Google YouTubeSome articles have YouTube videos embedded in them. (Privacy Policy)
VimeoSome articles have Vimeo videos embedded in them. (Privacy Policy)
PaypalThis is used for a registered author who enrolls in the HubPages Earnings program and requests to be paid via PayPal. No data is shared with Paypal unless you engage with this feature. (Privacy Policy)
Facebook LoginYou can use this to streamline signing up for, or signing in to your Hubpages account. No data is shared with Facebook unless you engage with this feature. (Privacy Policy)
MavenThis supports the Maven widget and search functionality. (Privacy Policy)
Google AdSenseThis is an ad network. (Privacy Policy)
Google DoubleClickGoogle provides ad serving technology and runs an ad network. (Privacy Policy)
Index ExchangeThis is an ad network. (Privacy Policy)
SovrnThis is an ad network. (Privacy Policy)
Facebook AdsThis is an ad network. (Privacy Policy)
Amazon Unified Ad MarketplaceThis is an ad network. (Privacy Policy)
AppNexusThis is an ad network. (Privacy Policy)
OpenxThis is an ad network. (Privacy Policy)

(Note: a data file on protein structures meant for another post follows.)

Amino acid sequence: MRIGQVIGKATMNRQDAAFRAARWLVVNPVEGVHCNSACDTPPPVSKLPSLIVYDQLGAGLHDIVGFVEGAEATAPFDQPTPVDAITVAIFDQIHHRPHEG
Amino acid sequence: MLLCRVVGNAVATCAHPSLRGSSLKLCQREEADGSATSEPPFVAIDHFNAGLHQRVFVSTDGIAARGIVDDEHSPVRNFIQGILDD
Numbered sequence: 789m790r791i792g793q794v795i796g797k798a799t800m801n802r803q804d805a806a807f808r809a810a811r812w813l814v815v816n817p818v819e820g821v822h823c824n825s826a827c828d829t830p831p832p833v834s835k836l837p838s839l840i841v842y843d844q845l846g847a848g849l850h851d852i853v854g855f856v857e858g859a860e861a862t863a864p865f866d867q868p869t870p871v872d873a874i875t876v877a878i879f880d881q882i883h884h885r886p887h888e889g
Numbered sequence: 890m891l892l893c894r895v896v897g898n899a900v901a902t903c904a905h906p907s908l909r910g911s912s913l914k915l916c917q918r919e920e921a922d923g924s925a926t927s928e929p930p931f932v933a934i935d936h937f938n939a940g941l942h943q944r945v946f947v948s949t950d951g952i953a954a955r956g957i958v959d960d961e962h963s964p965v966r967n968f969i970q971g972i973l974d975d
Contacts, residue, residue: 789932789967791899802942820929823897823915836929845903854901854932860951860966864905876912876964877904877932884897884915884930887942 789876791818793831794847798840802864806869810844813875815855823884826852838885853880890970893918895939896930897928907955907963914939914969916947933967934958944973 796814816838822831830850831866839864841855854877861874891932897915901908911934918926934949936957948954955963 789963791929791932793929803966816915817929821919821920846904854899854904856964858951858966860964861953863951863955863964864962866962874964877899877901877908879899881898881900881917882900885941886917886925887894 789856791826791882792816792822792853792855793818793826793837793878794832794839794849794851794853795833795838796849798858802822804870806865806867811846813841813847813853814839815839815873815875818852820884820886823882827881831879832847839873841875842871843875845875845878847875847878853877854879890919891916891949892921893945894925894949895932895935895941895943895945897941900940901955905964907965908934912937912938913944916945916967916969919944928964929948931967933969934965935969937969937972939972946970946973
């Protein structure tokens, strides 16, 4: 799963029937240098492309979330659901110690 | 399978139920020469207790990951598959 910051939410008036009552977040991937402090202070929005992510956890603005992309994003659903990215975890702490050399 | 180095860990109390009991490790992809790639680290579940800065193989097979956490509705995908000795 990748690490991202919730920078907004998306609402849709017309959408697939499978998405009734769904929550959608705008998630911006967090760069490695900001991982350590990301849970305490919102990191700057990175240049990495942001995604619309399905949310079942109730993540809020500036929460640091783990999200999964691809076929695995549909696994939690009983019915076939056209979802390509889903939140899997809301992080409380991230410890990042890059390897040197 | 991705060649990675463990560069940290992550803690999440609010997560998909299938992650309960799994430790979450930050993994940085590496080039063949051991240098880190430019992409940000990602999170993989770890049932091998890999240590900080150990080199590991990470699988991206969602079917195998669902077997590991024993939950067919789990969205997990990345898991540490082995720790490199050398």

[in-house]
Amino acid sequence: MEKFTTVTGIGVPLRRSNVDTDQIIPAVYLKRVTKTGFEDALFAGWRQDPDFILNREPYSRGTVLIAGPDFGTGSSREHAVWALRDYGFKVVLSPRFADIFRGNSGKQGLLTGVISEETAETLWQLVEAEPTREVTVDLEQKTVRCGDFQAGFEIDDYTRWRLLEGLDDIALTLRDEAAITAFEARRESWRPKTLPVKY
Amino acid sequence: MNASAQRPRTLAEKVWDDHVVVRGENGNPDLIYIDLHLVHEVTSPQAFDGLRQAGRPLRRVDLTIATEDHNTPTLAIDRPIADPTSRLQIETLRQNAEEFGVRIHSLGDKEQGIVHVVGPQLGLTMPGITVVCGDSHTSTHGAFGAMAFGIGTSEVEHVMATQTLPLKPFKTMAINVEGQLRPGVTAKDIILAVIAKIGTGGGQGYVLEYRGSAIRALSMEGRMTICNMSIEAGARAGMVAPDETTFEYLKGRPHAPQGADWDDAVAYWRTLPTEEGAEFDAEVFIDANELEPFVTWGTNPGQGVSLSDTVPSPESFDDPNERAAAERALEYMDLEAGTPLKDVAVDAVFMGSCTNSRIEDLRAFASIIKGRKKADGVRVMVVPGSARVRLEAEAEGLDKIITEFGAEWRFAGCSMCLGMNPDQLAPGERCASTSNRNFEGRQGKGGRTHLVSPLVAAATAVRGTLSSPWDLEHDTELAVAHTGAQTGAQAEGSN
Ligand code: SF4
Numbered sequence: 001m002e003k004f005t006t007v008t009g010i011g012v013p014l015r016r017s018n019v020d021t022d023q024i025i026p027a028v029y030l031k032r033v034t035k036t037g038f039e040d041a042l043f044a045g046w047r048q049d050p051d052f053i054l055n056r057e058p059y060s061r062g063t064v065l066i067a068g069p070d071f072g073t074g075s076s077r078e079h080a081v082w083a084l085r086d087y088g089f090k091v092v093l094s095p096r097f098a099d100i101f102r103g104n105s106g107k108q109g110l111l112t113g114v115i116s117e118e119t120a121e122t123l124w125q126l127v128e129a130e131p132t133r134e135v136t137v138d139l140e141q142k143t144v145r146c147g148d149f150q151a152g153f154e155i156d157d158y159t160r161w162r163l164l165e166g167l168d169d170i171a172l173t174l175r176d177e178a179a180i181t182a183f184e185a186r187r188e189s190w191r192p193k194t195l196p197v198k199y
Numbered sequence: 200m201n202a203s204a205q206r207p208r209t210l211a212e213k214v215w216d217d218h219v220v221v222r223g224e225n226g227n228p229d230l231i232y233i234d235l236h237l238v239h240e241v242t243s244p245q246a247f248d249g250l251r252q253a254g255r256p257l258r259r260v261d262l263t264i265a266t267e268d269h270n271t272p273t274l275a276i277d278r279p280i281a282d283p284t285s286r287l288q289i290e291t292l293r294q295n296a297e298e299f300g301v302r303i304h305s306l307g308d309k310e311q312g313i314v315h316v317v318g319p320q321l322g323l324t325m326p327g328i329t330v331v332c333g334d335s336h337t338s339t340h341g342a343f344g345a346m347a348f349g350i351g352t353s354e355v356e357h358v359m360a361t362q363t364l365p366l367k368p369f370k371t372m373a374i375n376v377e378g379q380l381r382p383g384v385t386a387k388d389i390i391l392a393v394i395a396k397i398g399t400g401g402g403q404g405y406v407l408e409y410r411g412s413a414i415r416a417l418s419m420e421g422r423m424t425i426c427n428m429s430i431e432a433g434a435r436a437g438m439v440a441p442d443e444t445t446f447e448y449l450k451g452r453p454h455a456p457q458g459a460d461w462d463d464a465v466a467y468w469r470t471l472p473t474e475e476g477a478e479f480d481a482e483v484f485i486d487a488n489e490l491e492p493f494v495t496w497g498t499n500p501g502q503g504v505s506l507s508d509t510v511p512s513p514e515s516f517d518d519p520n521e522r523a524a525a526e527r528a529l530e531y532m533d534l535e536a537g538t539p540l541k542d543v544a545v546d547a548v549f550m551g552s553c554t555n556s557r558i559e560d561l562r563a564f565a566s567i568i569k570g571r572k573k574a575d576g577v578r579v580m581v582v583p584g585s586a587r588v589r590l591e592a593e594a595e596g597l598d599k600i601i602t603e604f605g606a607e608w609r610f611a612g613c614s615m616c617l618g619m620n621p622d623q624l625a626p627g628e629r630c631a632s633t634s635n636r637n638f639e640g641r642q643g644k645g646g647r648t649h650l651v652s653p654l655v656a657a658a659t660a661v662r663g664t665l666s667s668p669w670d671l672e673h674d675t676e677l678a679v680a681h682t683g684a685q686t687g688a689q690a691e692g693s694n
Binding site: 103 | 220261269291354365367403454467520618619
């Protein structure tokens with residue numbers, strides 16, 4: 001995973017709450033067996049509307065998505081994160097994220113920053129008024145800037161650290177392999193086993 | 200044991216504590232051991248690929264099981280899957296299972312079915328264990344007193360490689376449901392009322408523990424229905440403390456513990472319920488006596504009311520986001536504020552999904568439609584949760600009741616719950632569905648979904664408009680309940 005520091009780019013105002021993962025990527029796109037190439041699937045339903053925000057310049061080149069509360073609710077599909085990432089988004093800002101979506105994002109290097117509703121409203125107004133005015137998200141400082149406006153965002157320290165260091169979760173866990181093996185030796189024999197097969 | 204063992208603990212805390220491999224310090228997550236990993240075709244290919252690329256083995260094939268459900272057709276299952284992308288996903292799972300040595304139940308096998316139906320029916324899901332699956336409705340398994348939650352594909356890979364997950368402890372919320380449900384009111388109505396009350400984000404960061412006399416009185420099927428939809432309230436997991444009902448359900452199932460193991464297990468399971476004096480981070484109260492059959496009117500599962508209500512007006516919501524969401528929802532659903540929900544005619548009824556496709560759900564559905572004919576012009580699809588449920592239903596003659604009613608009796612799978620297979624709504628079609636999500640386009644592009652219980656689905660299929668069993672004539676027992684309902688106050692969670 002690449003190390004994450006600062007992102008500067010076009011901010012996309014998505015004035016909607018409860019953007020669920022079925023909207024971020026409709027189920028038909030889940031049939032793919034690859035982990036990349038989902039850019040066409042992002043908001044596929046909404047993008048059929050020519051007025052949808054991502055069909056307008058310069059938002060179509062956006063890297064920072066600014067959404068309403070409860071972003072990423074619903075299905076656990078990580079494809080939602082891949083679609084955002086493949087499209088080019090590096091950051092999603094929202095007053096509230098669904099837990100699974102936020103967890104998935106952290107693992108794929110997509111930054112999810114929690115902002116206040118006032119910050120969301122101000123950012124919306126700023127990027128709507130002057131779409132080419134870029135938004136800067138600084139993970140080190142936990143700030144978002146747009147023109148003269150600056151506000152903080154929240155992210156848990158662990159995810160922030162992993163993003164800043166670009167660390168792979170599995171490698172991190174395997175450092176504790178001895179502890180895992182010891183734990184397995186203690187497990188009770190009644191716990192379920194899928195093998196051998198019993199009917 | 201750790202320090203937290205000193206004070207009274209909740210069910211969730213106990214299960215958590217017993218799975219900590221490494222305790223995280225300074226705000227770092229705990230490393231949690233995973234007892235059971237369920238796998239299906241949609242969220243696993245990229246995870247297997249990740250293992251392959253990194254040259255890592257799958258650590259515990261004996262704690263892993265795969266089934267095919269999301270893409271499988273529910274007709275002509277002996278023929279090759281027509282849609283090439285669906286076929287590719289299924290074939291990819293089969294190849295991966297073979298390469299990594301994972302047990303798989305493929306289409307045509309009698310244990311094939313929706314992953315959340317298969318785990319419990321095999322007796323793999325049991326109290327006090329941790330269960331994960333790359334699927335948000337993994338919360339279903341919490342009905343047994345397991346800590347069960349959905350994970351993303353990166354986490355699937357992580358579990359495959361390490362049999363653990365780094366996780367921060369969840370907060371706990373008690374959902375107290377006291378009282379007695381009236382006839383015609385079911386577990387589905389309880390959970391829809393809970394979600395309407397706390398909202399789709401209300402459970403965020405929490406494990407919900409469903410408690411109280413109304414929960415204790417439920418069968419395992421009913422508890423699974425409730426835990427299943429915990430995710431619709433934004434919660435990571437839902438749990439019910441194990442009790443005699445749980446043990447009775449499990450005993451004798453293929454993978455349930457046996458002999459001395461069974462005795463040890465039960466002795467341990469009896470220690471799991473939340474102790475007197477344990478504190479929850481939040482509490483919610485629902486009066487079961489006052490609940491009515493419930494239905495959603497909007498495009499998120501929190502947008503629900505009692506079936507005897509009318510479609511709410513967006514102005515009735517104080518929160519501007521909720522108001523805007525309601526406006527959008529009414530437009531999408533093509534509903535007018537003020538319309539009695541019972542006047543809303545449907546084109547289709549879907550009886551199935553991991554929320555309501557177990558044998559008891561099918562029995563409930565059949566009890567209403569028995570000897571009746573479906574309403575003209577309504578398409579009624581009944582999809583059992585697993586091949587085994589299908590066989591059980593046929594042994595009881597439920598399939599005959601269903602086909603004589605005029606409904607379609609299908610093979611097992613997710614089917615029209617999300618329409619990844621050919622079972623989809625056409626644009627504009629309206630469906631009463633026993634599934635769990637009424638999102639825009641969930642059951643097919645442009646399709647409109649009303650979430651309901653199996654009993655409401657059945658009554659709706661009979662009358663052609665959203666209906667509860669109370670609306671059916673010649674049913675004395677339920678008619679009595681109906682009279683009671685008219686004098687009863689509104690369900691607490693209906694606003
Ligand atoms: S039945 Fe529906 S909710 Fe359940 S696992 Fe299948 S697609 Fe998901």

Rubicon ProjectThis is an ad network. (Privacy Policy)
TripleLiftThis is an ad network. (Privacy Policy)
Say MediaWe partner with Say Media to deliver ad campaigns on our sites. (Privacy Policy)
Remarketing PixelsWe may use remarketing pixels from advertising networks such as Google AdWords, Bing Ads, and Facebook in order to advertise the HubPages Service to people that have visited our sites.
Conversion Tracking PixelsWe may use conversion tracking pixels from advertising networks such as Google AdWords, Bing Ads, and Facebook in order to identify when an advertisement has successfully resulted in the desired action, such as signing up for the HubPages Service or publishing an article on the HubPages Service.
Author Google AnalyticsThis is used to provide traffic data and reports to the authors of articles on the HubPages Service. (Privacy Policy)
ComscoreComScore is a media measurement and analytics company providing marketing data and analytics to enterprises, media and advertising agencies, and publishers. Non-consent will result in ComScore only processing obfuscated personal data. (Privacy Policy)
Amazon Tracking PixelSome articles display amazon products as part of the Amazon Affiliate program, this pixel provides traffic statistics for those products (Privacy Policy)
ClickscoThis is a data management platform studying reader behavior (Privacy Policy)